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'Erosion of press freedom can be insidious', warns PAJ

Thursday, April 26, 2018

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KINGSTON, Jamaica — The Press Association of Jamaica says while Jamaica's continued good showing on the annual World Press Freedom Index is pleasing, it is still concerned about the potential impact of the Data Protection Act on journalism in the country.

The index, published by press freedom group Reporters Without Borders, places Jamaica sixth out of 180 countries, a move two places up from the country's number-eight ranking last year.

“While we are happy about Jamaica's improved ranking, we cannot relax. We must be vigilant as the erosion of press freedom can be insidious,” said PAJ President Dionne Jackson Miller in a release today.

As such, she said the press association has been calling for the practice of journalism to be completely exempted from the provisions of the Data Protection Act, which is currently before a Joint Select Committee of Parliament.

In its assessment, Reporters Without Borders said: “Jamaica ranks among the countries that most respect freedom of information. The very occasional physical attacks on journalists must be offset against this, but no serious act of violence or threat to media freedom has been reported since February 2009, a month that saw two cases of abuse of authority by the Kingston police. The law decriminalising defamation passed by the House of Representatives in 2013 was a step in the right direction.”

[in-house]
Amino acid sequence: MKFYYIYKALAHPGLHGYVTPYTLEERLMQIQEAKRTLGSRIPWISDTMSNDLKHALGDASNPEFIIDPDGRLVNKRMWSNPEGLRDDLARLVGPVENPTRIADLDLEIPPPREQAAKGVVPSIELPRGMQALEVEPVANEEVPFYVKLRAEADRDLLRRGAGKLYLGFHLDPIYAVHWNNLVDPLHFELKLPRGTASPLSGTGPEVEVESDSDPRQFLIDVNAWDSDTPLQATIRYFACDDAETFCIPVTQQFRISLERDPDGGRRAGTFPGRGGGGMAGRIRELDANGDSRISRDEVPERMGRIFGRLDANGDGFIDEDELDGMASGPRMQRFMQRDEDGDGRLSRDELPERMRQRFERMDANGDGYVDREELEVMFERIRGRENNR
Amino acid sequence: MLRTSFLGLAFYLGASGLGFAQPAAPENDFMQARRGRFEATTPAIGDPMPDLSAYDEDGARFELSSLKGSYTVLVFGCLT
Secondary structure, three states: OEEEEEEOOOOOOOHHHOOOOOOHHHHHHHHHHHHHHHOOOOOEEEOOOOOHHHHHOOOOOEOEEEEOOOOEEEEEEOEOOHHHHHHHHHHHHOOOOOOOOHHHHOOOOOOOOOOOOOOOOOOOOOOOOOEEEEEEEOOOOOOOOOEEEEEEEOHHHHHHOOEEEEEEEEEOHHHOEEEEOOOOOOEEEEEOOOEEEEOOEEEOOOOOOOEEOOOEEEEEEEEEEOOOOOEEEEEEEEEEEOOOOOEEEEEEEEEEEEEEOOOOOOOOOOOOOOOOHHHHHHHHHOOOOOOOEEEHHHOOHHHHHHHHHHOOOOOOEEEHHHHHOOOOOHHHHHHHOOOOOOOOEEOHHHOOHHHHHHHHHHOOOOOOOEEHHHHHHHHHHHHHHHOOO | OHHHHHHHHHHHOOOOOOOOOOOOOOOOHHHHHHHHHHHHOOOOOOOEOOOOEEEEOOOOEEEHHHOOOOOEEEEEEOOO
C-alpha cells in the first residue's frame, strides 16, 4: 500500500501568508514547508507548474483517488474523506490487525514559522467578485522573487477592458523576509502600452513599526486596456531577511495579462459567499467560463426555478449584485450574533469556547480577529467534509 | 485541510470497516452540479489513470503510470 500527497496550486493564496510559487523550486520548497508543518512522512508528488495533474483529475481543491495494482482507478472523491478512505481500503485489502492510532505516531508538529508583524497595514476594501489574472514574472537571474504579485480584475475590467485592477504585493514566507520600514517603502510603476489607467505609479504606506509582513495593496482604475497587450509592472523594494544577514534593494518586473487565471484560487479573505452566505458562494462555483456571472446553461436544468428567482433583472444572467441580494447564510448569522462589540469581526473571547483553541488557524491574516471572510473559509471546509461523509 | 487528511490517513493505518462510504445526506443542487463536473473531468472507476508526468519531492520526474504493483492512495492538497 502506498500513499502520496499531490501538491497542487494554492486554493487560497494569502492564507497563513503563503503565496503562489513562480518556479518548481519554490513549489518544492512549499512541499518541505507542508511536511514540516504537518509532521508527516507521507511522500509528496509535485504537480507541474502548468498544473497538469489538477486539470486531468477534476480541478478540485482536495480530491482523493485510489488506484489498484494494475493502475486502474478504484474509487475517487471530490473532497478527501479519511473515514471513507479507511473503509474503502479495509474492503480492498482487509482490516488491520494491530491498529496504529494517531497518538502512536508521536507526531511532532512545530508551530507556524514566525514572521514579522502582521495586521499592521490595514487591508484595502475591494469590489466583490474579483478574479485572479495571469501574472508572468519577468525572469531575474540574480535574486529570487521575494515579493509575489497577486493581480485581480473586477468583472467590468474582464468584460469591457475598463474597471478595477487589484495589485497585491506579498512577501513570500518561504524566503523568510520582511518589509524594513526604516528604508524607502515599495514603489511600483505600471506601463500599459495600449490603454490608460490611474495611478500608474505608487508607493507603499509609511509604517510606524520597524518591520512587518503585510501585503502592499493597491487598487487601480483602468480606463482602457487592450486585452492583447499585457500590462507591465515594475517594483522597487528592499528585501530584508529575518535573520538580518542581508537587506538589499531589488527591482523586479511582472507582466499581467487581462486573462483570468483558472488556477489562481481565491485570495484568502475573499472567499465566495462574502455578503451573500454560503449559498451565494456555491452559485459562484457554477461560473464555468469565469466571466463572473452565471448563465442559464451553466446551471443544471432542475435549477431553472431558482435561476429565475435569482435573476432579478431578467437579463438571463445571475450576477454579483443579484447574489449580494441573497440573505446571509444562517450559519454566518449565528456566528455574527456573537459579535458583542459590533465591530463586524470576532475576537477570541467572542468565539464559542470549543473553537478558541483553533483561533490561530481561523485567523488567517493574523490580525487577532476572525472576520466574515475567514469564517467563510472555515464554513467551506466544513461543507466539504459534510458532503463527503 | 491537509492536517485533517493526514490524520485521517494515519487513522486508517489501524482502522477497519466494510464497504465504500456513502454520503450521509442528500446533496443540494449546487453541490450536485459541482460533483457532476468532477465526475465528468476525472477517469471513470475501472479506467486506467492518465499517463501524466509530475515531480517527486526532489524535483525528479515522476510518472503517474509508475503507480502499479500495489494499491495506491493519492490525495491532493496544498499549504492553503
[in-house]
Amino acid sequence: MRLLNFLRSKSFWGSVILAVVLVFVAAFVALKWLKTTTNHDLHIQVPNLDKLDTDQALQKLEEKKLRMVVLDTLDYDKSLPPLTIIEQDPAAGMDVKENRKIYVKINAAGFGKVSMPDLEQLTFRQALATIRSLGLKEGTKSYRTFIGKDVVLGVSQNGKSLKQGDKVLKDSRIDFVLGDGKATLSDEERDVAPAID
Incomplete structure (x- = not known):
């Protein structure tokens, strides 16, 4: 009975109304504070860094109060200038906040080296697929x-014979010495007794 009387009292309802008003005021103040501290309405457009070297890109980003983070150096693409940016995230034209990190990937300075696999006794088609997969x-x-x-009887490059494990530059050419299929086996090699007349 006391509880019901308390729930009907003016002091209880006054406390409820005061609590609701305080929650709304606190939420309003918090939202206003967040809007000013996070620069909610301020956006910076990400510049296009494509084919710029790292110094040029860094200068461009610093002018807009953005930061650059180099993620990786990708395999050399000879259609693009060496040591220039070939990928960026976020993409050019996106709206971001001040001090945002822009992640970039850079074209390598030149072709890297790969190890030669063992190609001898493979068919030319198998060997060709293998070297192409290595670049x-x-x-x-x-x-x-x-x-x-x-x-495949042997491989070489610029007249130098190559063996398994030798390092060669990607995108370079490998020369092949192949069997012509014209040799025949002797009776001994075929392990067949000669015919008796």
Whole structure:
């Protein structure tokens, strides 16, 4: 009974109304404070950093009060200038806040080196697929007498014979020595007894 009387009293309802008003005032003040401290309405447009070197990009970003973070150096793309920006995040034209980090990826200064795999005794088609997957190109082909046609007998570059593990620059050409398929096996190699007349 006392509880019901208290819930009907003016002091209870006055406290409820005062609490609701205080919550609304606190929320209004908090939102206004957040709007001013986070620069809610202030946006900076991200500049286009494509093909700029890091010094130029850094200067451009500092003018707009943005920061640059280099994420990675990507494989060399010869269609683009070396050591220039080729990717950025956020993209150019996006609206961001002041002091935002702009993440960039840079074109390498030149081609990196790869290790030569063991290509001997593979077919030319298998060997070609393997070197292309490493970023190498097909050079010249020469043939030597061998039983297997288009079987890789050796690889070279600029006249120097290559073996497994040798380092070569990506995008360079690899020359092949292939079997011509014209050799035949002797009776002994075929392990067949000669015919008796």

Jackson Miller said even as the PAJ celebrates Jamaica's improved ranking, it acknowledges the threats journalists face elsewhere, including physical attacks, and verbal abuse from political leaders.

“We stand in solidarity with our colleagues around the world, many of whom work in oppressive and dangerous conditions, like the Philippines where the President has warned reporters that they are not exempted from assassination.”

In its overall assessment of the state of press freedom as outlined in the 2018 index, Reporters Without Borders stated that there is “growing animosity towards journalists. Hostility towards the media, openly encouraged by political leaders, and the efforts of authoritarian regimes to export their vision of journalism pose a threat to democracies.”

The report said: “The United States, the country of the First Amendment, has fallen again in the Index under Donald Trump, this time two places to 45th. A media-bashing enthusiast, Trump has referred to reporters as: enemies of the people.”

In Mexico, which ranked 147th, 11 journalists were killed last year, with RSF calling the country “the world's second deadliest country for journalists in 2017”.

Reporters without Borders has described Turkey as the “world's biggest prison for professional journalists”.

PAJ said it will continue to add its voice to calls from advocates around the world for the protection of journalists.

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